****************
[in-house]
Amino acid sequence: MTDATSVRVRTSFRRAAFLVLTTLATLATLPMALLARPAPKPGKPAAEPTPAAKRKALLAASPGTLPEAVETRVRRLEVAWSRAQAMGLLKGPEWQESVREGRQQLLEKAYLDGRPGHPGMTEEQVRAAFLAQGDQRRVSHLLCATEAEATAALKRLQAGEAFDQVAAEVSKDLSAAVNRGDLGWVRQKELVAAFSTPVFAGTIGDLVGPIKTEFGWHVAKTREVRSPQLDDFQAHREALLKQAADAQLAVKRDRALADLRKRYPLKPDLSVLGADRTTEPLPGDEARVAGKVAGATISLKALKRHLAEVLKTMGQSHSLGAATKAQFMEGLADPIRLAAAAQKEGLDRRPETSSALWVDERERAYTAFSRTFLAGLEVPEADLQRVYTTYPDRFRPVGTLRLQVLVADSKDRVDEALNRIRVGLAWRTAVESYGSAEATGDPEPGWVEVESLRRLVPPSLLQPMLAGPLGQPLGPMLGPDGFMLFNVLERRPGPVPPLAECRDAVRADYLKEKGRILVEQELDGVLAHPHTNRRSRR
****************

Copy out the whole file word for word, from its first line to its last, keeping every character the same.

[in-house]
Amino acid sequence: MTDATSVRVRTSFRRAAFLVLTTLATLATLPMALLARPAPKPGKPAAEPTPAAKRKALLAASPGTLPEAVETRVRRLEVAWSRAQAMGLLKGPEWQESVREGRQQLLEKAYLDGRPGHPGMTEEQVRAAFLAQGDQRRVSHLLCATEAEATAALKRLQAGEAFDQVAAEVSKDLSAAVNRGDLGWVRQKELVAAFSTPVFAGTIGDLVGPIKTEFGWHVAKTREVRSPQLDDFQAHREALLKQAADAQLAVKRDRALADLRKRYPLKPDLSVLGADRTTEPLPGDEARVAGKVAGATISLKALKRHLAEVLKTMGQSHSLGAATKAQFMEGLADPIRLAAAAQKEGLDRRPETSSALWVDERERAYTAFSRTFLAGLEVPEADLQRVYTTYPDRFRPVGTLRLQVLVADSKDRVDEALNRIRVGLAWRTAVESYGSAEATGDPEPGWVEVESLRRLVPPSLLQPMLAGPLGQPLGPMLGPDGFMLFNVLERRPGPVPPLAECRDAVRADYLKEKGRILVEQELDGVLAHPHTNRRSRR